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School of Physical and Chemical Sciences

Astronomy Unit member receives €1.5 million European Research Council Grant to study exoplanet evolution

Dr Ed Gillen, from Queen Mary's Astronomy Unit, has been awarded €1.5 million from the European Research Council to support a team to investigate how exoplanetary systems evolve into potentially habitable environments


Artist’s impression of a young, active star being transited by a planet. Image credit: Harvard-Smithsonian Center for Astrophysics / David A. Aguilar

With over 5000 exoplanets discovered to date, and many more expected in the coming years, we are living through a golden age of exoplanet discovery. We now know that planetary systems exhibit a wide diversity in their properties and that our own Solar System is not typical. For example, we have found planets like Jupiter orbiting their host stars in only a few days (so called “hot Jupiters”), planetary systems containing multiple small planets on tightly packed orbits that are all smaller than Mercury’s and, perhaps most surprising of all, we have discovered that planets with sizes between those of the Earth and Neptune are the most common, yet we have no such analogues in our own Solar System.

The processes that govern how planetary systems develop into the diverse population we observe are thought to occur during the first billion years after formation. As the vast majority of known exoplanets orbit mature stars like our Sun, which are more than a billion years old, it is difficult to unravel the processes that drove their early evolution as they have already occurred and finished. To understand the early evolution of planetary systems, and hence their resulting diversity and potential habitability, we need to detect and characterise young planetary systems, which are still in the process of evolving.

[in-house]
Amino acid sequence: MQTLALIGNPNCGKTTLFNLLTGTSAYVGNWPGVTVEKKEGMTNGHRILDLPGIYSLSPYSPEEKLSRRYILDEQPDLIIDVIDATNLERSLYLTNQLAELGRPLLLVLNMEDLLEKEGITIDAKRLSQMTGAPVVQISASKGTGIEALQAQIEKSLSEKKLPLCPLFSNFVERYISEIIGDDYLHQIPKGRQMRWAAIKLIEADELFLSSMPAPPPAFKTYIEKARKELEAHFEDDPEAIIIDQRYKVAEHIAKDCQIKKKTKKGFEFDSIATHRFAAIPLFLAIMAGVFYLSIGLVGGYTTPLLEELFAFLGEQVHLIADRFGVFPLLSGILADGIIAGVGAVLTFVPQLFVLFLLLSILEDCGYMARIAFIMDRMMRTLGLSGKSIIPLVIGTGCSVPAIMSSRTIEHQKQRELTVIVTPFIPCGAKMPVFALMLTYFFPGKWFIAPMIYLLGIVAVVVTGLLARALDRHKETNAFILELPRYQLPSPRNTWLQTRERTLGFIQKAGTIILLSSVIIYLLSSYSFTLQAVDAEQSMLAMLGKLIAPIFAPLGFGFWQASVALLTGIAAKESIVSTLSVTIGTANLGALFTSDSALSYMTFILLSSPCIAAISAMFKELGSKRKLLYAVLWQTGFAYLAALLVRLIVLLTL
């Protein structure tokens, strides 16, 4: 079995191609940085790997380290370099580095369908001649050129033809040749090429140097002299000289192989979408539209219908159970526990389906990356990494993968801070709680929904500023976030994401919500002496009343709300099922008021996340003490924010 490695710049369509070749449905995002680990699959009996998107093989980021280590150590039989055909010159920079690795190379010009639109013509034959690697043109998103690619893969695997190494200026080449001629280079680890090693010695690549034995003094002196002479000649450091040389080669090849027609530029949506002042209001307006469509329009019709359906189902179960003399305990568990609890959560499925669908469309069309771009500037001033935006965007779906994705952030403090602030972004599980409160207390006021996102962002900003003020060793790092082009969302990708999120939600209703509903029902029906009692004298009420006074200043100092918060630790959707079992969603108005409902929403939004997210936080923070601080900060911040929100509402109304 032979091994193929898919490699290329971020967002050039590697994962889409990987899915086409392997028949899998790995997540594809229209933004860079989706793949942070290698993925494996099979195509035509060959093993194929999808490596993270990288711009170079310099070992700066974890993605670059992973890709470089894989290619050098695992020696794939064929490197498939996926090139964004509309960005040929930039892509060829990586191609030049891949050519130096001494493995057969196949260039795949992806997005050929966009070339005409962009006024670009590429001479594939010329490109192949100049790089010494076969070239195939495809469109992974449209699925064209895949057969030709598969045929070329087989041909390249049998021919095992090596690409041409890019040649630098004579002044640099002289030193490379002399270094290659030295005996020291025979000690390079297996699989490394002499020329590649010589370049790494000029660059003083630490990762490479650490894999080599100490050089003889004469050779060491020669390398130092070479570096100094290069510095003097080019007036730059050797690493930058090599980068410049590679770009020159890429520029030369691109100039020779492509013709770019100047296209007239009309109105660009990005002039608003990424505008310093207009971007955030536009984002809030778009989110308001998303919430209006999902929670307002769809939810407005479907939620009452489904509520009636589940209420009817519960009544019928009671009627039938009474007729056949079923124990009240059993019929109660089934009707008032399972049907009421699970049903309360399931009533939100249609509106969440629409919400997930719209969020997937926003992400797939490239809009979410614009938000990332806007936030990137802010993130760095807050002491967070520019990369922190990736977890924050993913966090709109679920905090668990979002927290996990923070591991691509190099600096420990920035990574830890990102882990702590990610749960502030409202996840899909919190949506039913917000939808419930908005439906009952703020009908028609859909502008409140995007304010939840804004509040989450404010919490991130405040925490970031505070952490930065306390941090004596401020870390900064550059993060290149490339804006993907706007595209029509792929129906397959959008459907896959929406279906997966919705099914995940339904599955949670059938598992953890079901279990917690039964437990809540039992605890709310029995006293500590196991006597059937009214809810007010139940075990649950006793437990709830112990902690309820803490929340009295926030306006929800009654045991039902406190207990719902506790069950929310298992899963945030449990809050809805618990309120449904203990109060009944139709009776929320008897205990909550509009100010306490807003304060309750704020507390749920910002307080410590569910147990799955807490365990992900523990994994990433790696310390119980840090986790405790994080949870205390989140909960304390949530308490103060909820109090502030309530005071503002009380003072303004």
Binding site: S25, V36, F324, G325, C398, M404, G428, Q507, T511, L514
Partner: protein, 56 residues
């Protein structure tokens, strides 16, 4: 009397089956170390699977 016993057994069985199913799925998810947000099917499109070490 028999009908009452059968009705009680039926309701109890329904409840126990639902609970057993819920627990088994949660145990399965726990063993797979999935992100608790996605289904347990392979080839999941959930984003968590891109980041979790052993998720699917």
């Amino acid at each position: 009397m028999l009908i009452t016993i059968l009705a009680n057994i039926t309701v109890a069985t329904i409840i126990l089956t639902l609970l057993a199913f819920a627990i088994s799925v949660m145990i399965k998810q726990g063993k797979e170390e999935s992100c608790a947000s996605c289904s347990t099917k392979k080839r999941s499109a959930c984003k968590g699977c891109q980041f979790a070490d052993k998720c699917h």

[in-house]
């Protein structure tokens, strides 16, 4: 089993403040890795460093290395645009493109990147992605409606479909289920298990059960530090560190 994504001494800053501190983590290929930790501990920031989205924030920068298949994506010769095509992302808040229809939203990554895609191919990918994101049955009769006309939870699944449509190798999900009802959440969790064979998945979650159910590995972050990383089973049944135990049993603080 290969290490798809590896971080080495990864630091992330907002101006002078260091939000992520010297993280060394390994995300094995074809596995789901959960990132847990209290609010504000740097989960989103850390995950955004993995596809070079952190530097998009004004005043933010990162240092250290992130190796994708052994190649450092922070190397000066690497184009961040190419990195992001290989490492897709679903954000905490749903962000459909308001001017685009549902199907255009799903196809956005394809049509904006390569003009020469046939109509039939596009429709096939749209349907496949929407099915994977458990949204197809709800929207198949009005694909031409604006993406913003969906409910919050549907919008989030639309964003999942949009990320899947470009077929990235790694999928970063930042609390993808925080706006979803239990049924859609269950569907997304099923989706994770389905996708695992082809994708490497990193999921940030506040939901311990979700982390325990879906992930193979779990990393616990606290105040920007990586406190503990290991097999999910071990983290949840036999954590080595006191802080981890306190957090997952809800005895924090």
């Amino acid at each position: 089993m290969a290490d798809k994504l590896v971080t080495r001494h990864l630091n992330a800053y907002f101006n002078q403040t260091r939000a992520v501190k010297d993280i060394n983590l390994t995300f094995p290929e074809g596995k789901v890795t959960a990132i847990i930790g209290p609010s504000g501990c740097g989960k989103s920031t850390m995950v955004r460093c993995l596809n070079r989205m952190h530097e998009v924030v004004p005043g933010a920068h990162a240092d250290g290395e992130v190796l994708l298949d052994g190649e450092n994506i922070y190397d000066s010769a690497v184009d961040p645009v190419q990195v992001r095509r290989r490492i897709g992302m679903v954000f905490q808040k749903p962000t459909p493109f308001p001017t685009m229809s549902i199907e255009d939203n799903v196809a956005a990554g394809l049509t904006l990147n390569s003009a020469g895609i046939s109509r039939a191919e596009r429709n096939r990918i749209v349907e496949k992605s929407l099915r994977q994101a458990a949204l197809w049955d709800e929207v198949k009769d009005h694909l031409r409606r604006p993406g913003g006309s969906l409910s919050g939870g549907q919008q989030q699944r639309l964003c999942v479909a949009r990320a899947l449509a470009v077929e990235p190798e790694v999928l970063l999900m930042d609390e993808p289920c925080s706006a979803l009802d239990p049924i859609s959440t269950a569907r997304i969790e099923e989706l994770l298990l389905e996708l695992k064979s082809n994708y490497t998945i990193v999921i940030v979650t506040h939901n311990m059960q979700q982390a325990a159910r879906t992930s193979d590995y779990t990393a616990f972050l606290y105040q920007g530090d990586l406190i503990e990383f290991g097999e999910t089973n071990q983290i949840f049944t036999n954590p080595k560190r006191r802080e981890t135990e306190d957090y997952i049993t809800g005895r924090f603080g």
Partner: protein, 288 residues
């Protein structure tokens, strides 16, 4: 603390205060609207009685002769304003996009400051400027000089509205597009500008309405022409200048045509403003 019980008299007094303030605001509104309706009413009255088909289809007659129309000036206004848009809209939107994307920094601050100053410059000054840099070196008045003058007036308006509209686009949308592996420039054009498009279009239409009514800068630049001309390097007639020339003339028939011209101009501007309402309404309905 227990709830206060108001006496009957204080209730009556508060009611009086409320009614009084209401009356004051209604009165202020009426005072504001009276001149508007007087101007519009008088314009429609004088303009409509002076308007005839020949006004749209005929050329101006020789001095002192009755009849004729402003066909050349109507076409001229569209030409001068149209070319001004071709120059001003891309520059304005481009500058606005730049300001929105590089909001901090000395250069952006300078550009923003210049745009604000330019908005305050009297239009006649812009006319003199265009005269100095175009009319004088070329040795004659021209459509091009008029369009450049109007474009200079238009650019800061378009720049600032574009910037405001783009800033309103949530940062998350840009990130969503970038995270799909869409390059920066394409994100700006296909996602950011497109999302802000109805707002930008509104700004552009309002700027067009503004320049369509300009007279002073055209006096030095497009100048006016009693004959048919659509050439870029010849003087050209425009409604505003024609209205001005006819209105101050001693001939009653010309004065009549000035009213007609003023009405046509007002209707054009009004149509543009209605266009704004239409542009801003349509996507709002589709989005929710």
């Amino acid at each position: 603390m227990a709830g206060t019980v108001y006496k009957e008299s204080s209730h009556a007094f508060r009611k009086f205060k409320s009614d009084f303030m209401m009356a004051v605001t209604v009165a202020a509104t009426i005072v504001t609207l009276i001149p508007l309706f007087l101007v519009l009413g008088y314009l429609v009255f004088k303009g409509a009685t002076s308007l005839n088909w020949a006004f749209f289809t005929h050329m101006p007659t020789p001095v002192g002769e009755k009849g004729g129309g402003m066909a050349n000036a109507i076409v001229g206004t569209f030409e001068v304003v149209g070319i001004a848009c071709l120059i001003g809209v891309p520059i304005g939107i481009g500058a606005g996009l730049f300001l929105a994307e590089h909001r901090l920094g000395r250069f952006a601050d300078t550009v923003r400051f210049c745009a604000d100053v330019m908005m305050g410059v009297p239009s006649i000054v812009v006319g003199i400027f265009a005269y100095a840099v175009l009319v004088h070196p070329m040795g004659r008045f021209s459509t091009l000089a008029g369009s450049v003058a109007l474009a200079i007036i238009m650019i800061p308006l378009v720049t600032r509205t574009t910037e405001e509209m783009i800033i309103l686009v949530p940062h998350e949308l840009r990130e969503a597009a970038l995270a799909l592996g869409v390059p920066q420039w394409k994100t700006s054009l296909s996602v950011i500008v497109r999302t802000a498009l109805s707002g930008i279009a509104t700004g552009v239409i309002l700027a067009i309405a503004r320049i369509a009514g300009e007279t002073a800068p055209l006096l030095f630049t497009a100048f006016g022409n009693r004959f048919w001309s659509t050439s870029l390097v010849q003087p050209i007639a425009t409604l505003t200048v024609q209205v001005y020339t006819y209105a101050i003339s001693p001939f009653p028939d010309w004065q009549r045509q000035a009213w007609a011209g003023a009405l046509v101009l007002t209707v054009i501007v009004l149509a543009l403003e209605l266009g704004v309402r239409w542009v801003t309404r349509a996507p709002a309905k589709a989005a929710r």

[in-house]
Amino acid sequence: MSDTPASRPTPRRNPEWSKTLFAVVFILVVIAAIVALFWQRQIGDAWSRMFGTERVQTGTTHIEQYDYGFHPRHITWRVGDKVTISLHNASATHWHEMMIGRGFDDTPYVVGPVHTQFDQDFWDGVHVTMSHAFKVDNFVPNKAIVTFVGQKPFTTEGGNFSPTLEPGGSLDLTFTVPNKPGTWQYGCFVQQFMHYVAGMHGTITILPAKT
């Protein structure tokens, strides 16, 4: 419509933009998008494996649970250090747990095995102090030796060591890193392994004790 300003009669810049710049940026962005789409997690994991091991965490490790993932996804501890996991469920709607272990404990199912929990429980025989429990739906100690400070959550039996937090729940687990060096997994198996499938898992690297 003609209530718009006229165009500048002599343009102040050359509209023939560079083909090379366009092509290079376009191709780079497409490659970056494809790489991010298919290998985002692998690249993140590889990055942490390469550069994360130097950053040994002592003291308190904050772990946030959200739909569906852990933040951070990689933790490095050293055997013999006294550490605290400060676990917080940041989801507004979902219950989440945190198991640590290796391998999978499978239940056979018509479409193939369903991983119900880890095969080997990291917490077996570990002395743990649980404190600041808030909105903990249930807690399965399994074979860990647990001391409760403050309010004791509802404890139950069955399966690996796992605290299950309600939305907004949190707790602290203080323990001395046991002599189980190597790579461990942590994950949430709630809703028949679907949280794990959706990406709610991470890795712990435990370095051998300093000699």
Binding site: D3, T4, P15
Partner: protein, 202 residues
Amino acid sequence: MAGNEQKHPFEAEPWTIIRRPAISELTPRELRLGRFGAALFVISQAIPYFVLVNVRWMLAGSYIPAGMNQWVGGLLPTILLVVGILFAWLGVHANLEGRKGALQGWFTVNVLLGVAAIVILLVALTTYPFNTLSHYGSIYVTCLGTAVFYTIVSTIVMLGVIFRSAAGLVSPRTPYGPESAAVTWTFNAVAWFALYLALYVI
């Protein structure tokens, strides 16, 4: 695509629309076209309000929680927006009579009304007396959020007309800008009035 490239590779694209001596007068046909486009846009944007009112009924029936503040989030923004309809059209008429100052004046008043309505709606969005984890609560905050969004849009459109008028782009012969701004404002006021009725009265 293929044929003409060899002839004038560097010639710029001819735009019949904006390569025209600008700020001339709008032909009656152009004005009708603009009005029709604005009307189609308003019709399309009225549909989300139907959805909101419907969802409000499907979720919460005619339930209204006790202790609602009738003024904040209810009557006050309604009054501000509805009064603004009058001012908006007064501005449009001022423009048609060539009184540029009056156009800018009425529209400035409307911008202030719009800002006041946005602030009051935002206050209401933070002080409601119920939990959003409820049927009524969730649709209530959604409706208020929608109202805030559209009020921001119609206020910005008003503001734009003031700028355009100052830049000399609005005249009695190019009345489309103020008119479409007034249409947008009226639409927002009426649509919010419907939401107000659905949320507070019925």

This ERC grant will fund a large team to work with Dr Gillen to conduct ground-breaking research into understanding how planetary systems evolve into the diverse and potentially habitable population we observe. They will detect young planetary systems, determine their orbital architectures and planet properties, develop a new method to age-date these systems, and then draw these avenues together to reveal how planetary systems evolve. These efforts will use state-of-the-art space and ground-based observatories, as well as cutting-edge data analysis techniques.

Dr Gillen said: “While we have discovered many exoplanets, we have only begun to scratch the surface of probing how planetary systems evolve from formation to maturity. This ERC project will enable us to significantly advance our understanding of planetary system evolution and will produce a new age dating framework that will have far reaching implications for the wider exoplanet, stellar and Galactic astrophysics fields.”



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